USDA officials have expressed appreciation to warehouse operators for making a conscientious effort to submit their reports on time.



EPA Reviewing Pesticides

Through the Food Quality Protection Act’s new mandated registration review program, EPA is reviewing each registered pesticide every 15 years to determine whether it still meets the Federal Insecticide, Fungicide, Rodenticide Act standard for registration.

According to EPA, the new program ensures that, as the ability to assess risk evolves and as policies and practices change, all registered pesticides continue to meet the statutory standard of no unreasonable adverse effects.

Registration review is replacing EPA's pesticide re-registration and tolerance reassessment programs as those programs are being completed. EPA completed cumulative risk assessments and risk management decisions for the organophosphate (OP) pesticides in Aug. ’06 and the carbamate pesticides in Sept. ’07. The registration review of the OPs is scheduled to begin in ’08, and the carbamate review will begin in ’09. EPA says that further consideration is needed regarding these pesticides' effects on endangered species. Endocrine disruption also is likely to be taken under consideration in these reviews.

By law, the agency must complete the first 15-year cycle of registration review by Oct. 1, ’22.  To meet this requirement, EPA will begin opening about 70 dockets annually beginning in FY09 and continuing through ’17. As of FY08, EPA expects 722 pesticide cases comprising 1,135 active ingredients to undergo registration review. Newly registered pesticides will be folded in each year. The agency must complete the registration review of each new pesticide active ingredient within 15 years of its initial registration.

Currently, 42 registration review cases have had dockets opened for comment and five additional cases were determined not to require dockets because no federal registrations remain.  Included in these reviews are dicrotophos (Bidrin), profenofos (Curacron) and glufosinate (Liberty).



Vietnam Trade Mission Successful

A Vietnamese delegation of textile representatives met with key US industry officials across the Cotton Belt during the COTTON USA Special Trade Mission (STM).

The Cotton Council International-sponsored tour included briefings by CCI and the NCC; a seminar with ICE Futures US; and tours of a gin, farm, warehouse, merchandising operation, USDA classing office and Cotton Incorporated’s world headquarters. The delegation met with the following industry organizations: AMCOT, American Cotton Shippers Assoc., Southern Cotton Growers Assoc., American Cotton Producers, Texas Cotton Producers, Texas Cotton Assoc., Western Cotton Shippers Assoc., the San Joaquin Valley Quality Cotton Growers Assoc. and Supima.

The delegation consisted of 11 textile mills and representatives from the Ministry of Industry and Trade, the Vietnam Spinning Assoc., and the Vietnam National Textile and Garment Group. STM textile executives represent companies that consume about 260,000 bales of cotton.

The US cotton industry foresees expanding opportunity to supply Vietnam’s fiber needs as trade relations grow between the two countries. Currently, Vietnam is the seventh largest importer of US cotton, with more than 283,000 bales exported so far in ’07/08. This number already exceeds imports of US cotton in ’06/07, which totaled 223,000 bales. US imports currently equaling about a third of total cotton sales in Vietnam.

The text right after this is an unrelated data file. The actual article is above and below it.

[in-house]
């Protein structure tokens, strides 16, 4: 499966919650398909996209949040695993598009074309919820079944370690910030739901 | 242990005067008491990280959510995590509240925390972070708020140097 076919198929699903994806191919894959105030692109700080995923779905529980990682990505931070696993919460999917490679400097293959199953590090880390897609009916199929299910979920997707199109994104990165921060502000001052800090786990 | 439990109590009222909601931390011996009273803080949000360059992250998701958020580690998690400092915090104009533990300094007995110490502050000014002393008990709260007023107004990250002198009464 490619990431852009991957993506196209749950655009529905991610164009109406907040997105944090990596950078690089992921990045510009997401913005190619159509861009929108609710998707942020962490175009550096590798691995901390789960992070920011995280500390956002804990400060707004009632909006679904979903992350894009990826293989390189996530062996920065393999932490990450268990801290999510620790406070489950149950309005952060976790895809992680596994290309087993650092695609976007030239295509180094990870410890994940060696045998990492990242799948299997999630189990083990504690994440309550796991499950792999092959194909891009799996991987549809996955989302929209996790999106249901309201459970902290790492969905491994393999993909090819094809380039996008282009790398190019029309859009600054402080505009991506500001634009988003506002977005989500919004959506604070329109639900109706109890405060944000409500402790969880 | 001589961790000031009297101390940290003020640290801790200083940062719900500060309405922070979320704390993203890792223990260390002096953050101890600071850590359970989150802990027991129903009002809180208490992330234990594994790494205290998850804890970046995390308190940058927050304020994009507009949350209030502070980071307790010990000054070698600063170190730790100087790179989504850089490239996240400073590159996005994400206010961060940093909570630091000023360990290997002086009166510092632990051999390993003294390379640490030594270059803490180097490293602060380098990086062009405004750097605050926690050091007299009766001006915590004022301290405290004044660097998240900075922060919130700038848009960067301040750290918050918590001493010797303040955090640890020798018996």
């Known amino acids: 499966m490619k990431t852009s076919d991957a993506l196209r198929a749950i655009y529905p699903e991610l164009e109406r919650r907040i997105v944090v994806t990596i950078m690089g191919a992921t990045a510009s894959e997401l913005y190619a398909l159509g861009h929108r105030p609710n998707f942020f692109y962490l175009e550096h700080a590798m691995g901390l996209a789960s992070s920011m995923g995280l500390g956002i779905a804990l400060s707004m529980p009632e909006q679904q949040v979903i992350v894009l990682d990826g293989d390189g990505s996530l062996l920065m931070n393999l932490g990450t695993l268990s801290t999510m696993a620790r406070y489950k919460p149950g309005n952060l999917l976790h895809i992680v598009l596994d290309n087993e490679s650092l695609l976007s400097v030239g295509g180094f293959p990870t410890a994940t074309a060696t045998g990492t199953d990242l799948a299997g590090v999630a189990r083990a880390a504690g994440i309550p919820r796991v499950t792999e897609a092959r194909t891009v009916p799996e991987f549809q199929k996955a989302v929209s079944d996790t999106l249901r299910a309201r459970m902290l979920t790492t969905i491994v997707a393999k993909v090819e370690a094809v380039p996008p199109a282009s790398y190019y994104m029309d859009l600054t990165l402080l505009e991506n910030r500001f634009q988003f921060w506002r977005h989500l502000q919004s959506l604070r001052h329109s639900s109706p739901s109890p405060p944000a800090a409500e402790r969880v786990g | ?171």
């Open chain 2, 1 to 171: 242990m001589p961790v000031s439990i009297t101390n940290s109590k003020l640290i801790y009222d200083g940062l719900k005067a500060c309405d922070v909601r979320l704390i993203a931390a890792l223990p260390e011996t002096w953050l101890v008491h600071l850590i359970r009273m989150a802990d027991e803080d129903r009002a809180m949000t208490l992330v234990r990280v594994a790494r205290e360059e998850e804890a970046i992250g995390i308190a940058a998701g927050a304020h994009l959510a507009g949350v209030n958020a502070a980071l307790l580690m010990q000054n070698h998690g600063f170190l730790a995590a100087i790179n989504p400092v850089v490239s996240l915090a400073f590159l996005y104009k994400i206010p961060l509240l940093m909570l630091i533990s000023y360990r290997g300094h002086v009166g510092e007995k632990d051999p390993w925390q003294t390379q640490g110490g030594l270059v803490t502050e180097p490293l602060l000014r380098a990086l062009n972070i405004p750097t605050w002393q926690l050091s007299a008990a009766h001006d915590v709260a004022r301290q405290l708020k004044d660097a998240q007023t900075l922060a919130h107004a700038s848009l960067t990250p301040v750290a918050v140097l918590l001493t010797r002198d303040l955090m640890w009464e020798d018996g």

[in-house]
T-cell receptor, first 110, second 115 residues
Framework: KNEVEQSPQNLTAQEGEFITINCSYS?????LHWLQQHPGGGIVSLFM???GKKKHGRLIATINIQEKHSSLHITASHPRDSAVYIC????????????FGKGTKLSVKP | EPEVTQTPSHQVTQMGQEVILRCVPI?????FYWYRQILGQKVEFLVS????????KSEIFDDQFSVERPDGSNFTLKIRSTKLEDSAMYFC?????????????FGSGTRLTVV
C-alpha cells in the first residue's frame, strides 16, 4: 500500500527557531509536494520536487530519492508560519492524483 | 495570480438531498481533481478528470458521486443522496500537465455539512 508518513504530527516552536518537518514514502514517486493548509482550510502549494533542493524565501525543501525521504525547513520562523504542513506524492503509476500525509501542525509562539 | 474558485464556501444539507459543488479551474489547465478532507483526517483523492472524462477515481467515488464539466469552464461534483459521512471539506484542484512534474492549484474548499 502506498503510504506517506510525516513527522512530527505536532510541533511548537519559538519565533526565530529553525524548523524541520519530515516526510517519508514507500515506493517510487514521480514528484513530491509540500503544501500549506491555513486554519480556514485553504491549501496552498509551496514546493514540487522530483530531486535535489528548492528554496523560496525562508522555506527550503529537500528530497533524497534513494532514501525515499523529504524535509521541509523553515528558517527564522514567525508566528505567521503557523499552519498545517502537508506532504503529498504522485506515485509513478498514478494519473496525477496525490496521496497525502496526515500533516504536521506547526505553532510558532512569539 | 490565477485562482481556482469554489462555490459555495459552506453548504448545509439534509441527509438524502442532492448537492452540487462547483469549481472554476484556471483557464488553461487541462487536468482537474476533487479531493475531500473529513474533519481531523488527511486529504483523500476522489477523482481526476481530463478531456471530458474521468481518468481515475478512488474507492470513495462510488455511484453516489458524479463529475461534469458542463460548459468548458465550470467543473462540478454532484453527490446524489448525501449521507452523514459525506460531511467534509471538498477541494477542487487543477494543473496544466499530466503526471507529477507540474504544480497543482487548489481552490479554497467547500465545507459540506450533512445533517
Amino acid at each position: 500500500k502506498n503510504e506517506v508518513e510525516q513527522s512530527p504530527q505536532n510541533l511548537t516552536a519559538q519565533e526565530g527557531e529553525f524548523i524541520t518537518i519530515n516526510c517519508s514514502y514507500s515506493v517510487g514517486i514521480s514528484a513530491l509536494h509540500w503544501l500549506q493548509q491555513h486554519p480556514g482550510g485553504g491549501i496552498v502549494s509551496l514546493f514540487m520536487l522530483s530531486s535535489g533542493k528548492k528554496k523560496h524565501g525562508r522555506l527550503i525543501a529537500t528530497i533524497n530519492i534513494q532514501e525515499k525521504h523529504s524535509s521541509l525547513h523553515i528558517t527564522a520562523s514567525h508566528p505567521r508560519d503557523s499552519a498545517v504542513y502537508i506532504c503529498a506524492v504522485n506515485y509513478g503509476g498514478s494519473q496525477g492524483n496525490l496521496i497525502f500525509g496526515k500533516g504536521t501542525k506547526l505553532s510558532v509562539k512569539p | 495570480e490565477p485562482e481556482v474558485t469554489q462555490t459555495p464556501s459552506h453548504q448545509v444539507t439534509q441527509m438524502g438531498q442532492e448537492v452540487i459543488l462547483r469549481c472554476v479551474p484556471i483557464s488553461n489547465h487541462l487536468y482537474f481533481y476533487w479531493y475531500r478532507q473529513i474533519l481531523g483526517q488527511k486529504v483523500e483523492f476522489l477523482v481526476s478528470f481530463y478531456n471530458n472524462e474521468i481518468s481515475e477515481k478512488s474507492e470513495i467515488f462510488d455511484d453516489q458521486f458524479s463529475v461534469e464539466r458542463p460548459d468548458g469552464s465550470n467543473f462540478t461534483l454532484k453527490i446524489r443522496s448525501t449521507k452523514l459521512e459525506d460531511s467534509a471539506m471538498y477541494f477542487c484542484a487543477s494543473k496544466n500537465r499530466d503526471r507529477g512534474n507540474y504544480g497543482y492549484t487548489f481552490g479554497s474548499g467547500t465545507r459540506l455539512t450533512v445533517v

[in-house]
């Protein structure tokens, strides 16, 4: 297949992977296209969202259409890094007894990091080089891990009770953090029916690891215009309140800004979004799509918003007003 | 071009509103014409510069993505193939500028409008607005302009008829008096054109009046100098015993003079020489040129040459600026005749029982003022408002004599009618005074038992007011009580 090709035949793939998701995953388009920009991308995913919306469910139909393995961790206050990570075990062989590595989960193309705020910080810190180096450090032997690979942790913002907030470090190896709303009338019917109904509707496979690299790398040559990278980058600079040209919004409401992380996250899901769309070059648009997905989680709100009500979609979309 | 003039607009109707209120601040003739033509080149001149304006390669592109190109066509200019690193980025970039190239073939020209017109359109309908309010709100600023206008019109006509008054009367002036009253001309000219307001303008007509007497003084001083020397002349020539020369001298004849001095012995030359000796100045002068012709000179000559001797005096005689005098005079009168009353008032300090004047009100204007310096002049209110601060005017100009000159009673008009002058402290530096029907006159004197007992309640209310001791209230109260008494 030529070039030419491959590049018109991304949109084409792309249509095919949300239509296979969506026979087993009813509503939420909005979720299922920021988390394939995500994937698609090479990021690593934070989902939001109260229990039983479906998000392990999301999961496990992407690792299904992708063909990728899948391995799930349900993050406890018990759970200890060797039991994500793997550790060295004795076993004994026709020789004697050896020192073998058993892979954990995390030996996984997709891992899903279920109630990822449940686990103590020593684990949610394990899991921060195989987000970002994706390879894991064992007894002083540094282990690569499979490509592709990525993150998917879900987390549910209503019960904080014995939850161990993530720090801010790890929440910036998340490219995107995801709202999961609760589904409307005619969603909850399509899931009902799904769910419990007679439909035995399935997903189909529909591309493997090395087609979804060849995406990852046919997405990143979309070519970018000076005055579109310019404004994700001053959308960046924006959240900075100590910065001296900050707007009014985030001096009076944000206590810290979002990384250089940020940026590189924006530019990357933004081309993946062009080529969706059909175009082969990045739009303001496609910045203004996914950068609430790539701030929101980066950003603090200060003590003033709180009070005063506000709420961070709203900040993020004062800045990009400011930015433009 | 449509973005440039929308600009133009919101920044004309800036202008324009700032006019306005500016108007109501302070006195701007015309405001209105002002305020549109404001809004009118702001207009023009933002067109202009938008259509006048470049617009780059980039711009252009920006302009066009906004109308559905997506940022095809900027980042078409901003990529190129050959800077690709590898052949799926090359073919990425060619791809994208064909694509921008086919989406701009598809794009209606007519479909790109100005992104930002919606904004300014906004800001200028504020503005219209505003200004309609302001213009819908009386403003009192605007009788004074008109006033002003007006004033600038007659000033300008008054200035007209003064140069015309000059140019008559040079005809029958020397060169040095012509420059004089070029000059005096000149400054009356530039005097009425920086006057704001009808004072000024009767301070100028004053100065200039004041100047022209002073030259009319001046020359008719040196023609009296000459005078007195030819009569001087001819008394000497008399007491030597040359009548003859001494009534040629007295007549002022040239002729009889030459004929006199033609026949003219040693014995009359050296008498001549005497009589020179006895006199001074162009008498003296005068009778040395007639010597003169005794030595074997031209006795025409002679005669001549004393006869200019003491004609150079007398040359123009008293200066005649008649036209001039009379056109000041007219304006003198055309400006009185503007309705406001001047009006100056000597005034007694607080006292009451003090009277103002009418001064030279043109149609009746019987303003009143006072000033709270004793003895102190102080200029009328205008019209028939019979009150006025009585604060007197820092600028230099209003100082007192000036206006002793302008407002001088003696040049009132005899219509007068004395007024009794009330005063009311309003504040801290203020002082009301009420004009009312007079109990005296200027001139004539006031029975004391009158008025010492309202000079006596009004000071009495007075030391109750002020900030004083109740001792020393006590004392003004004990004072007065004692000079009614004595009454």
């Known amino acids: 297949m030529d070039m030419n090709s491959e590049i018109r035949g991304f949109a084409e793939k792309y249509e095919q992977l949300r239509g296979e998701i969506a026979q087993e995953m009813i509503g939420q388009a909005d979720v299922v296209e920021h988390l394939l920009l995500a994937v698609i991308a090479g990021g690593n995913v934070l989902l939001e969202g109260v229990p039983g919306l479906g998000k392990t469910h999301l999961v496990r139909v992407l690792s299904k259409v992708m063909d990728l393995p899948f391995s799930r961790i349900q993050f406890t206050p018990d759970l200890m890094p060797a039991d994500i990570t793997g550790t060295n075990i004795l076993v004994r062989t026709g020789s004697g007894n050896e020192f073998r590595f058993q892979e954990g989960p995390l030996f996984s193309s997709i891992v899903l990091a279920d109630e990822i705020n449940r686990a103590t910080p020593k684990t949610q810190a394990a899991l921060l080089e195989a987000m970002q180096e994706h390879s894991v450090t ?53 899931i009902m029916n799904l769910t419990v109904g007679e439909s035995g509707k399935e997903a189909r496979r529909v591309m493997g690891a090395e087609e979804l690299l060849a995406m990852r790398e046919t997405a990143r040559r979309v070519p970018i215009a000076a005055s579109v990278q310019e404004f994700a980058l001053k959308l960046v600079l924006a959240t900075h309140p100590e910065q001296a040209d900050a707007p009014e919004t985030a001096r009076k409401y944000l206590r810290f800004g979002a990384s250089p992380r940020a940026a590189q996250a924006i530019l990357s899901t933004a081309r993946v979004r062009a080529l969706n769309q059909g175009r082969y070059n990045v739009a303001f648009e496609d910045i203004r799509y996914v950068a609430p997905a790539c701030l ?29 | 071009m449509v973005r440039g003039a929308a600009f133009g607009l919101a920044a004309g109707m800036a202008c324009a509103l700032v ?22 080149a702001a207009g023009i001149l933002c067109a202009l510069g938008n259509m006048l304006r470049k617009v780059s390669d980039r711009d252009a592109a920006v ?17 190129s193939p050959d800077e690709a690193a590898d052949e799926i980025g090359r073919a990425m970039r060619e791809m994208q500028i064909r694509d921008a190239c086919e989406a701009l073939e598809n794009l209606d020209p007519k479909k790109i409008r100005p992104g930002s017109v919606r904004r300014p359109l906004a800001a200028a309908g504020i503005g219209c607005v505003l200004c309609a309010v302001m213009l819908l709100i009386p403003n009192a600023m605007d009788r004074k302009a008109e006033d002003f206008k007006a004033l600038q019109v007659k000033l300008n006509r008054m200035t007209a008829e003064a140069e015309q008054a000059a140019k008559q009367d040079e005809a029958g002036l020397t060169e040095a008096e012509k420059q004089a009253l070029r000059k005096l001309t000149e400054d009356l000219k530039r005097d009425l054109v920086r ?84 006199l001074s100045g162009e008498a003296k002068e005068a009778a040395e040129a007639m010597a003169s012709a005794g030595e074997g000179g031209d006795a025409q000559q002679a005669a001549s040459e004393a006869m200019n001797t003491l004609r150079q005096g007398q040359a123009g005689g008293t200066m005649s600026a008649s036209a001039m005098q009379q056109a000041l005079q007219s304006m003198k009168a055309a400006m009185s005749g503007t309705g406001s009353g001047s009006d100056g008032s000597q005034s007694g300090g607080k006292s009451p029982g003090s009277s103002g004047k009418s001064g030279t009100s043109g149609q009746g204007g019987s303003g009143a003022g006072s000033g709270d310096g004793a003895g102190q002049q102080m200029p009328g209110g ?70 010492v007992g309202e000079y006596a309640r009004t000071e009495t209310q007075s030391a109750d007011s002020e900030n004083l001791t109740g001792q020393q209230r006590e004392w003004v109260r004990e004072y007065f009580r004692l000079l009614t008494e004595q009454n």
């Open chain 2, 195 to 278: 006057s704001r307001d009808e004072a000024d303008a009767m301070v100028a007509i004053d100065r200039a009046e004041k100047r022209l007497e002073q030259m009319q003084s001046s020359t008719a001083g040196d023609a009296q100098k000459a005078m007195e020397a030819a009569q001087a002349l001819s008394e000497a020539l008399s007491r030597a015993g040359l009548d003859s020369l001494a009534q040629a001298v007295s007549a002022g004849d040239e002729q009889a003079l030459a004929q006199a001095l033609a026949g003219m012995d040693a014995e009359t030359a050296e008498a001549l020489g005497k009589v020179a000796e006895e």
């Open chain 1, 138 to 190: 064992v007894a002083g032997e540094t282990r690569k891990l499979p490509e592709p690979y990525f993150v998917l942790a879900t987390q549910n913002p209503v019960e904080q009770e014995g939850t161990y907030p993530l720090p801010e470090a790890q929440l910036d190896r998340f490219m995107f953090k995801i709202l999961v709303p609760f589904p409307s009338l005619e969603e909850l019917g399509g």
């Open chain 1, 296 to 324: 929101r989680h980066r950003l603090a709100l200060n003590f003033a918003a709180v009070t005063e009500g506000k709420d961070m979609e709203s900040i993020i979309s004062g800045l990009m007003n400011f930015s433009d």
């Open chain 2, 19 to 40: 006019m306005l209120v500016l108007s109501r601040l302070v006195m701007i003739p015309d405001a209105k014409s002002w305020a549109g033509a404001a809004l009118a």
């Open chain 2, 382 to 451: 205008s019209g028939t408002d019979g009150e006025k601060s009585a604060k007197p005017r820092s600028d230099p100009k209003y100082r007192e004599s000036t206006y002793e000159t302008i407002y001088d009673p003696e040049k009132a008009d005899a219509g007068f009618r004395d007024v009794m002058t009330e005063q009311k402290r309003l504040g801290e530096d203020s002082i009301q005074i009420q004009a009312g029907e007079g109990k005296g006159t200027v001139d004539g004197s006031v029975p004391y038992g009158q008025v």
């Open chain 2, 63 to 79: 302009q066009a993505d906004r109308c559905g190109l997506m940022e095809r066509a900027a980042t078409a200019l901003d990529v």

The STM participants noted increased investment in the Vietnamese textile industry and expected significant increases in cotton imports.



Mill Cotton Use Slips

According to the Commerce Dept., May (four-week month) total cotton consumption in domestic mills was 170.13 million pounds for a seasonally adjusted annualized rate of 4.53 million bales (480-lb). Last year’s May annualized rate was 4.90 million bales.

The April (four-week month) estimate of domestic mill use of cotton was lowered by 4.5 million pounds to 172.23 million pounds. The revised seasonally adjusted annualized rate of consumption for April is 4.60 million bales. This is lower than last year’s April annualized rate of 4.91 million bales.

Preliminary June domestic mill use of cotton and revised May figures will be released by Commerce on July 24.



Sales Stay Weak, Shipments Steady

Net export sales for the week ending June 19 were 29,900 bales (480-lb). This brings total ’07-08 sales to approximately 15.4 million bales. Total sales at the same point in the ’06-07 marketing year were roughly 14.3 million bales.

Total new crop (’08-09) sales are 911,400 bales. Shipments for the week were 295,200 bales, bringing total exports to date to 11.7 million bales, compared with the 10.4 million bales at the comparable point in the ’06-07 marketing year.

With slightly more than one month remaining in the marketing year, weekly shipments must average roughly 420,000 bales to reach the USDA projection of 13.90 million bales.



Prices Effective June 27-July 3, '08

Adjusted World Price, SLM 11/16

66.60 cents

*

Coarse Count Adjustment

0.00 cents

Marketing Loan Gain Value

0.00 cents

Import Quotas Open

NA

Limited Global Import Quota (480-lb. bales)

NA

ELS Payment Rate

0.00 cents

*No Adjustment Made Under Step I
 
Five-Day Average
 
Current 5 Lowest 3135 CFR Far East

79.19 cents

Forward 5 Lowest 3135 CFR Far East

84.00 cents

Coarse Count CFR Far East

78.13 cents

Current US CFR Far East

79.15 cents

Forward US CFR Far East

NA

 
'07-08 Weighted Marketing-Year Average Farm Price  
 
Year-to-Date (August-April)

56.64 cents

**

**August-July average price used in determination of counter-cyclical payment